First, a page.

Some investors and developers will take plunge into the market now, while others will prefer to ride the fence for a while; but one way or the other, consolidation will be the name of the game for the Indian real estate industry over the next five years. Larger players will peak in strength by around 2021, and smaller players will be eroded. Equity investment – or the lack of it – will play a deciding role. 

SOURCE: ECONOMIC TIMES

 

Ahmedabad Real Estate News

Under Construction Flat Booking Finds Tax Deduction Under Time Constraints

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Tax Deduction

If a buyer makes a transaction to book an under-construction flat and if he acquires it within the three-year period of the sale of his old house, then he is entitled to a tax deduction, says a ruling from the Mumbai bench of the Income-tax Appellate Tribunal (ITAT). If an apartment is booked in an under construction project than it must be viewed as a method of constructing residential tenements, says the December 18 judgment.

That means if the buyer uses the entire gain from the transaction to buy another house within two years or construct another house within three years. The two- and three-year period applies even if the buyer bought another house a year before selling the first one. But the property should have been bought in the name of the seller.

It is mandatory that within a period of two years after or one year before the date of transfer of old house, the taxpayer should construct a residential house or acquire another residential house within a period of three years from the date of transfer of the old house. The date of receipt of compensation will determine the period of acquisition or construction in a case of compulsory acquisition.

This exemption is effective and can only be claimed in respect of one residential house property purchased/constructed in India. In the case of multiple house purchases or constructions, the exemption under section 54 will be available in respect of one house only. Any purchases made outside the country does not fall under any kind of exemption. Section 54 gives relaxation in such cases by providing relief to the taxpayer who sells his residential house and acquires another residential house from the gained capital.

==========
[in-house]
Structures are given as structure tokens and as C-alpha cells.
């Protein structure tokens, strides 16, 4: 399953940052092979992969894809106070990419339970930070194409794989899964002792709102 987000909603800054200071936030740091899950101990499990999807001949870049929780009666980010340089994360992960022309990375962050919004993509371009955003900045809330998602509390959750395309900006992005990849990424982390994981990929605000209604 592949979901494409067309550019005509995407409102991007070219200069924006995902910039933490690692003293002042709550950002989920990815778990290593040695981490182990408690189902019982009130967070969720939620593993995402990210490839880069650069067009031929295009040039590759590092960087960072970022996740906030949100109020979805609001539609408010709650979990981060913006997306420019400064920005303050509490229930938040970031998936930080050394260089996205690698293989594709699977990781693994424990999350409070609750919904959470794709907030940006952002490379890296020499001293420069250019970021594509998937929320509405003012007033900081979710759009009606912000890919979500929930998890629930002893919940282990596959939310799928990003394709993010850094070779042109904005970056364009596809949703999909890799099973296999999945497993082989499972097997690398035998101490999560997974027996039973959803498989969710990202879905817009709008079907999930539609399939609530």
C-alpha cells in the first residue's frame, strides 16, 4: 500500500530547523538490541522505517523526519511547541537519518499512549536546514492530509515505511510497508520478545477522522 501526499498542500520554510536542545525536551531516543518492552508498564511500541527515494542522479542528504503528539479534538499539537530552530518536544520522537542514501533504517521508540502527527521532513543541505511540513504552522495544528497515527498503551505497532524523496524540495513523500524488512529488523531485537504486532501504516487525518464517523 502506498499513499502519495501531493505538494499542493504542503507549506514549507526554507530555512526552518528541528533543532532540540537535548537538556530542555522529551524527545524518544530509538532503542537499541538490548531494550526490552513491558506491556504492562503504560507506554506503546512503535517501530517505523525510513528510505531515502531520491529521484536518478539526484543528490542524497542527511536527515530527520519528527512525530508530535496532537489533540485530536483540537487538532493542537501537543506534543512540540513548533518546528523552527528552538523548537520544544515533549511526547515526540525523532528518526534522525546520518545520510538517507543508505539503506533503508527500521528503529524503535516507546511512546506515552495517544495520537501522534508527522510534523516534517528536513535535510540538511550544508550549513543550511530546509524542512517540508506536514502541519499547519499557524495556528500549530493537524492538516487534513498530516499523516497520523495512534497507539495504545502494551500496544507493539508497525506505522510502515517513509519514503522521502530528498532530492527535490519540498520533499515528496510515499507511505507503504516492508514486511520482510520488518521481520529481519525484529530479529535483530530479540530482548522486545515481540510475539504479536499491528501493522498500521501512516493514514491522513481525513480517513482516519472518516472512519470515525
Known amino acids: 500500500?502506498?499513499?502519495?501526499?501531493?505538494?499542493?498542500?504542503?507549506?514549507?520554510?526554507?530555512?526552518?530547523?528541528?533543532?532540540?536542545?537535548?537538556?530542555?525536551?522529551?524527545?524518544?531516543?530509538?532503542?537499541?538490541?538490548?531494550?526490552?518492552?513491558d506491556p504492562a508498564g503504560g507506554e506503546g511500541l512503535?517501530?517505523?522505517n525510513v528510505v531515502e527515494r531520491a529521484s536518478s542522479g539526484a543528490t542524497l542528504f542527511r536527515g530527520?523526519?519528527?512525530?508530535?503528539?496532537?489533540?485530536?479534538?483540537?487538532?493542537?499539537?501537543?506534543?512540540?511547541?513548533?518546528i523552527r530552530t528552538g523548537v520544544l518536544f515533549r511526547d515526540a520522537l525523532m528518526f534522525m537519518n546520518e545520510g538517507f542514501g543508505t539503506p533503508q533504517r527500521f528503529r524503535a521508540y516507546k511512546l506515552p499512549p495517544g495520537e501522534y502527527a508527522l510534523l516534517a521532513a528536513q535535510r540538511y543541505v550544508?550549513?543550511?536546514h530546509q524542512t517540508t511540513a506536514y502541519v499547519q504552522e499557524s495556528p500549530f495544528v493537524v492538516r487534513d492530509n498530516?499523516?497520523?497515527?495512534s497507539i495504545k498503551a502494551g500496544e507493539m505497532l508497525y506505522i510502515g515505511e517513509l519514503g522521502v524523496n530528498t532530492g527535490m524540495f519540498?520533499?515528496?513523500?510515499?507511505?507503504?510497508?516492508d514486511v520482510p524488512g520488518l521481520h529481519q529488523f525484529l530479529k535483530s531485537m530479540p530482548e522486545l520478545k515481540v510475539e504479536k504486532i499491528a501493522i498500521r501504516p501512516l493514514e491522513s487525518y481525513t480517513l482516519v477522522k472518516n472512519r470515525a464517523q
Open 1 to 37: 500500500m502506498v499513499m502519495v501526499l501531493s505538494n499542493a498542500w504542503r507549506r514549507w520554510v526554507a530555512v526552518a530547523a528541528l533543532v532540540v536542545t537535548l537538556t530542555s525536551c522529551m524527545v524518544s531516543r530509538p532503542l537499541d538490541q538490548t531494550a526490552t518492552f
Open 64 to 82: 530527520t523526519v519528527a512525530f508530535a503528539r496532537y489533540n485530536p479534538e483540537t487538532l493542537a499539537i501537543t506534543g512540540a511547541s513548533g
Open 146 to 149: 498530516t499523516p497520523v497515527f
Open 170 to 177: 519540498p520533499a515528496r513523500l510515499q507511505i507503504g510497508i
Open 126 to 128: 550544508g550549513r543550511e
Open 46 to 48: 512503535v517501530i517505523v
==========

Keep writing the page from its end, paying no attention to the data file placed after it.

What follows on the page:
After the sale of an asset, the difference between the buying price and the selling price is a capital gain or a capital loss. These are further classified as long-term or short-term. If a property is held for 24 months or less, with effective from 2017-18, then that asset is treated as Short Term Capital Asset. Then an investor can make

treated as Long Term Capital Asset. Then only a Long Term Capital Gain (LTCG) or Long Term Capital Loss (LTCL) can be made on that investment.

ITAT agreed that booking of a new flat in an under-construction apartment should be considered as a case of “construction” and not “purchase”, hence following the earlier decisions of the Bombay high court and the tribunal itself. Further ITAT allowed the fact that the construction can began prior to the date of sale of the old asset. Same was stated in the earlier judicial decisions of the Karnataka high court and Ahmedabad ITAT, that the date of commencement is not relevant but it is the completion of construction that comes in relevance to section 54.

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India Real Estate News

HDFC and Quikr Make A Deal

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HDFC and Quikr Make A Deal

According to a deal between HDFC and Quikr, a stake of more than 3 percent will be given to the mortgage giant in return to its transfer of offline and online real estate brokerage business to the classified ads platform.

After acquiring Commonfloor in 2016 Quikr already has a major presence in online real estate broking.

“Most of the searches for real estate are moving online. Quikr has a much bigger presence online. Through this deal, we are partnering Quikr in the broking business,” said HDFC MD Renu Sud Karnad. According to her, this deal will strengthen Quirks position with offline support.

The deal suggests that HDFC will transfer to Quikr its entire shareholding in HDFC Realty, a real estate brokerage platform, and HDFC Developers, which runs the HDFC RED online platform.